The euro fell to $1.10 from a one-month high of about $1.12 earlier this week, as hopes of a resolution to the Ukraine war receded, and increasing inflation posed a new danger to the bloc’s economy. According to preliminary estimates, the Eurozone’s headline Harmonised Index of Consumer Prices (HICP) rate rose to 7.5% in March, up from 5.9% in February and above market expectations of 6.6%.
As headwinds from the Ukraine war worsen inflation, investors are betting that the European Central Bank (ECB) will bring an end to its negative rates period sooner than expected. ECB President Christine Lagarde has already stated that the central bank could end its bond-buying stimulus scheme in the third quarter.
Last week the Japanese yen fell below 122 per dollar, giving up some gains made in the previous three sessions after Japan’s finance minister stated that the Bank of Japan’s (BOJ) goal is to maintain steady price inflation rather than foreign exchange rates. Mitsuhiro Furusawa, a former top currency diplomat, said that a sinking yen reflects Japan’s poor economic fundamentals and trade deficit, but monetary policy is not the best tool for containing yen losses.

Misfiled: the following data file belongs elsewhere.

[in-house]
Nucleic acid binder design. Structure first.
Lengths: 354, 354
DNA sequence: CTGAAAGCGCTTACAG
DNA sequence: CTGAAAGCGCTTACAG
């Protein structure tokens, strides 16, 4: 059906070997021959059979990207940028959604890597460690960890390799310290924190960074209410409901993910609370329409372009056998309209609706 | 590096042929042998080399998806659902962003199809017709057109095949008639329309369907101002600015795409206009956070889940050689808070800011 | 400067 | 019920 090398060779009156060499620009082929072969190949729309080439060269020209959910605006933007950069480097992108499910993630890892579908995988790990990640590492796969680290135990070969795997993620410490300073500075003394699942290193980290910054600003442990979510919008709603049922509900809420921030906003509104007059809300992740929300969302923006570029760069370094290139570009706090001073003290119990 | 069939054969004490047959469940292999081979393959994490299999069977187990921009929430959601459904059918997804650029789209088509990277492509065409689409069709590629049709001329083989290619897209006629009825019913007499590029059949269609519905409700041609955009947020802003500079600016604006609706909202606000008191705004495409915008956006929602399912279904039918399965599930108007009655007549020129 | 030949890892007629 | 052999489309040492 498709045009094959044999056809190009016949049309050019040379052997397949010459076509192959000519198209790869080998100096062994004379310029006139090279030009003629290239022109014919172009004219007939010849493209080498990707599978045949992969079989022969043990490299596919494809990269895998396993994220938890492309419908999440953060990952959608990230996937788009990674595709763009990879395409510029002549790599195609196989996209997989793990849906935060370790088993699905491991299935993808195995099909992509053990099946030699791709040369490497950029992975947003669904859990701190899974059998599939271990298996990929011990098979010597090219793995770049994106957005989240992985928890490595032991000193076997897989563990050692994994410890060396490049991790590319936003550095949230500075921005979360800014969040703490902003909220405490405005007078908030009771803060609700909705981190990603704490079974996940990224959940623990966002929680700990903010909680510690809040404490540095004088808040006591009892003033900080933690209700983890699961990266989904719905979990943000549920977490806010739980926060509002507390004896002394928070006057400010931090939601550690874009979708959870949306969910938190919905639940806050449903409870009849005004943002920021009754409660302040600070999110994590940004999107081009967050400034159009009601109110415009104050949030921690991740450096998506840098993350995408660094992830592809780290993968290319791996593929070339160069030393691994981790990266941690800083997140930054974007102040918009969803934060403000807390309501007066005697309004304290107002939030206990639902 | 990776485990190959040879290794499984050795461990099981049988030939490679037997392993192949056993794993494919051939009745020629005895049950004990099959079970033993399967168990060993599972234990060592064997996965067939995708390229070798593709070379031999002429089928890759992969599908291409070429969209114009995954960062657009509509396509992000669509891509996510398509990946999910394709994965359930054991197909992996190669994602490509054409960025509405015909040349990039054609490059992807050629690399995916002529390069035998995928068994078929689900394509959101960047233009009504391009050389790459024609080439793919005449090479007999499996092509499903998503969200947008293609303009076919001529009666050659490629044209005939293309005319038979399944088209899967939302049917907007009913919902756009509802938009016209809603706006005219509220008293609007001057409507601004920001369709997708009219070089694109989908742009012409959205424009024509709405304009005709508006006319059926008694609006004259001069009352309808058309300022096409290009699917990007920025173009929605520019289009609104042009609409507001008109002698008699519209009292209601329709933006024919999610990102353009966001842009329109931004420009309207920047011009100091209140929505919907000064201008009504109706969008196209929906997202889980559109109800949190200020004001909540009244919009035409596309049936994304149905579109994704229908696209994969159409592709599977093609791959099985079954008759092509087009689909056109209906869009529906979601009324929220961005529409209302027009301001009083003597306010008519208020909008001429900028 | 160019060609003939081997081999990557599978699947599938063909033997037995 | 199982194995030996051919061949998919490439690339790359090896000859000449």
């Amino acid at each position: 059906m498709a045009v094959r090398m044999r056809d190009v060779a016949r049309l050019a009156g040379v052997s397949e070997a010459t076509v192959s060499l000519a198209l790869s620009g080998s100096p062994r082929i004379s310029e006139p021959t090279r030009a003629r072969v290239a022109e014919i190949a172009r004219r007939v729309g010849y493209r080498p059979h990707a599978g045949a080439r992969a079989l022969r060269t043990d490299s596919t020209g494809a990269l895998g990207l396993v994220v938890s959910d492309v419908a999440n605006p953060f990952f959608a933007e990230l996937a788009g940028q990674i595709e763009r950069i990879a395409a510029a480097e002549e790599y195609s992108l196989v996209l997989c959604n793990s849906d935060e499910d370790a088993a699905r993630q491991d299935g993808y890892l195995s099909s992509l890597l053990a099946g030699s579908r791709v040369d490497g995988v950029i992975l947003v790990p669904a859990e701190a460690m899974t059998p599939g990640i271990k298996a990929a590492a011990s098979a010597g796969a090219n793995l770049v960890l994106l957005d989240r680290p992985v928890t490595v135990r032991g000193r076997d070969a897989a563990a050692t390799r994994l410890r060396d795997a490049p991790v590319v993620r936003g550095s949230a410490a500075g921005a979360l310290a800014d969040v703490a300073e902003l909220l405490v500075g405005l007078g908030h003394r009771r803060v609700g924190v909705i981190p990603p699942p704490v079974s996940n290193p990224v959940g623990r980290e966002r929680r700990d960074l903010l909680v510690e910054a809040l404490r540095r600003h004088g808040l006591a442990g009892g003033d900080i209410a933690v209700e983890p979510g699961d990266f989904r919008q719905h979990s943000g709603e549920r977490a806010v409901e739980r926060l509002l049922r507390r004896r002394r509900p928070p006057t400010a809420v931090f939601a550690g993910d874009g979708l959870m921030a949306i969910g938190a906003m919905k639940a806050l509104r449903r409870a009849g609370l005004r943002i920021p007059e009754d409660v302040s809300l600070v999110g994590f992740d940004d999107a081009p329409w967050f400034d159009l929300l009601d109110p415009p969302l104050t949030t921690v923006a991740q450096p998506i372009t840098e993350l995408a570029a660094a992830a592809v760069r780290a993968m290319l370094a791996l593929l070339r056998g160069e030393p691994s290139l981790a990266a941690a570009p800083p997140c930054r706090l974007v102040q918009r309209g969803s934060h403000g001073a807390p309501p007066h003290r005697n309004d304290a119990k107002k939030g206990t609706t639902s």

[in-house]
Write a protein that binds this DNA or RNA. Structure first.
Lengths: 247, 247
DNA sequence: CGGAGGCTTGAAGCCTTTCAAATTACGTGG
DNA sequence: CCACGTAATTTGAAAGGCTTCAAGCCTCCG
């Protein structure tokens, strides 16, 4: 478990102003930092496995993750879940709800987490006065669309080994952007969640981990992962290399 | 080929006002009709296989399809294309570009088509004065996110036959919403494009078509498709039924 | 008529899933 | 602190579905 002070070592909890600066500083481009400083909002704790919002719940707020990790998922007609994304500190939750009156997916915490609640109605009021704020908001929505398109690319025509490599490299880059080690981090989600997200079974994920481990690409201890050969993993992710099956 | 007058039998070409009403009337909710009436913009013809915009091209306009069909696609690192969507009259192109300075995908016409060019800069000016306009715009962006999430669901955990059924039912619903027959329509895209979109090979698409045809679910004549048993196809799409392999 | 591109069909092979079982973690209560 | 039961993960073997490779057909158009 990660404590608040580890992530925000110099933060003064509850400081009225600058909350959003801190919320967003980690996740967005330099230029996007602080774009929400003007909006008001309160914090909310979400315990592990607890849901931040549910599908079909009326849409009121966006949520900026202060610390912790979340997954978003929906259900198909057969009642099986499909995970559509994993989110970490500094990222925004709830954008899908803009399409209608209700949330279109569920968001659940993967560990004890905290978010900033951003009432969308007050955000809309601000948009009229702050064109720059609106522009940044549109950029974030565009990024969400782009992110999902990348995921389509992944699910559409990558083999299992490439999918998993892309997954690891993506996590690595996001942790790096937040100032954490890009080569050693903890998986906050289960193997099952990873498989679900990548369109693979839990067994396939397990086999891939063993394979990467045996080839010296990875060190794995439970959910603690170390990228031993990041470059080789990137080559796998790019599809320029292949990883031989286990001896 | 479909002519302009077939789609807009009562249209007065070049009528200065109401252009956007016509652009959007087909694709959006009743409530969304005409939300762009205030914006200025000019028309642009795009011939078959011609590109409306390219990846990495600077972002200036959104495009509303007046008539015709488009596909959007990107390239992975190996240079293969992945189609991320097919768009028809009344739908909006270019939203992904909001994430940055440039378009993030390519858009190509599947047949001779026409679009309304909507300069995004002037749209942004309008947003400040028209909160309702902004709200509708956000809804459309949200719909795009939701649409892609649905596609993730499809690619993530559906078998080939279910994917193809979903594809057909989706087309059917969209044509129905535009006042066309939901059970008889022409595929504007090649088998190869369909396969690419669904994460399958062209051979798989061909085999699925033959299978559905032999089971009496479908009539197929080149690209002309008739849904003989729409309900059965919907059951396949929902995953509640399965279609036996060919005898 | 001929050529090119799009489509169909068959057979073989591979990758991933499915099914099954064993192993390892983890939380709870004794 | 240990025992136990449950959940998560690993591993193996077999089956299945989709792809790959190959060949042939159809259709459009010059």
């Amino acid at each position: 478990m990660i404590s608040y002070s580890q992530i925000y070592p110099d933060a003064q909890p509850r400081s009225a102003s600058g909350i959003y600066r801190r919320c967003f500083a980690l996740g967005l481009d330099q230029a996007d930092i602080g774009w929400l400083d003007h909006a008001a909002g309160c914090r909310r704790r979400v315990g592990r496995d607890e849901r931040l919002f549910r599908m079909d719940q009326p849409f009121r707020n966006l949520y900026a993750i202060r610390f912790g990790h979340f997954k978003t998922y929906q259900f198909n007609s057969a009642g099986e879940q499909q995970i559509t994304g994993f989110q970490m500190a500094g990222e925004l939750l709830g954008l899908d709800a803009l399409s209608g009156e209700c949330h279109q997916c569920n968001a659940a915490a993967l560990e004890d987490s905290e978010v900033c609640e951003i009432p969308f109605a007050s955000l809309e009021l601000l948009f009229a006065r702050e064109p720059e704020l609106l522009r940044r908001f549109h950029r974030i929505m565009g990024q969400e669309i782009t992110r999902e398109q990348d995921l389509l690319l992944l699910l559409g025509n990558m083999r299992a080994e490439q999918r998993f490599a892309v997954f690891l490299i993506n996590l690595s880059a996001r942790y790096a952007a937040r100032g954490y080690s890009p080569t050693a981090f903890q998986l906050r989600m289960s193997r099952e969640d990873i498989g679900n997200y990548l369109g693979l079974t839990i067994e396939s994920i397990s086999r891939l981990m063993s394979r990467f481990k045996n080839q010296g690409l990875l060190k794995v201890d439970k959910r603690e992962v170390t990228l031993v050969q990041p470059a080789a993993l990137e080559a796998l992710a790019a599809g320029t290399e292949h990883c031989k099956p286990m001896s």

In late March, the yen fell to six-year lows as the Bank of Japan’s steadfast commitment to maintaining significant stimulus contrasted markedly with other major central banks’ gradual normalization of monetary policies. In the wake of rising global interest rates, the BOJ also revealed that it undertook unlimited fixed-rate purchase operations for 10-year government bonds this week.
The New Zealand dollar fell to $0.69, a 0.7% loss, despite the US dollar strengthening amid rising wagers on the US Federal Reserve’s aggressive tightening cycle. Traders maintained confidence that the Reserve Bank of New Zealand (RBNZ) will not fall behind the Fed in the tightening cycle as the Kiwi dollar hovered close to a near 5-month high of $0.7 hit Tuesday.
To keep up with inflation, the IMF has urged the RBNZ in its Artice IV review of the economy to make substantial increases to the cash rate soon. In February, the central bank hiked the official cash rate by 25 basis points to 1% and stated that it was willing to raise it in “larger increments if required over the coming quarters.”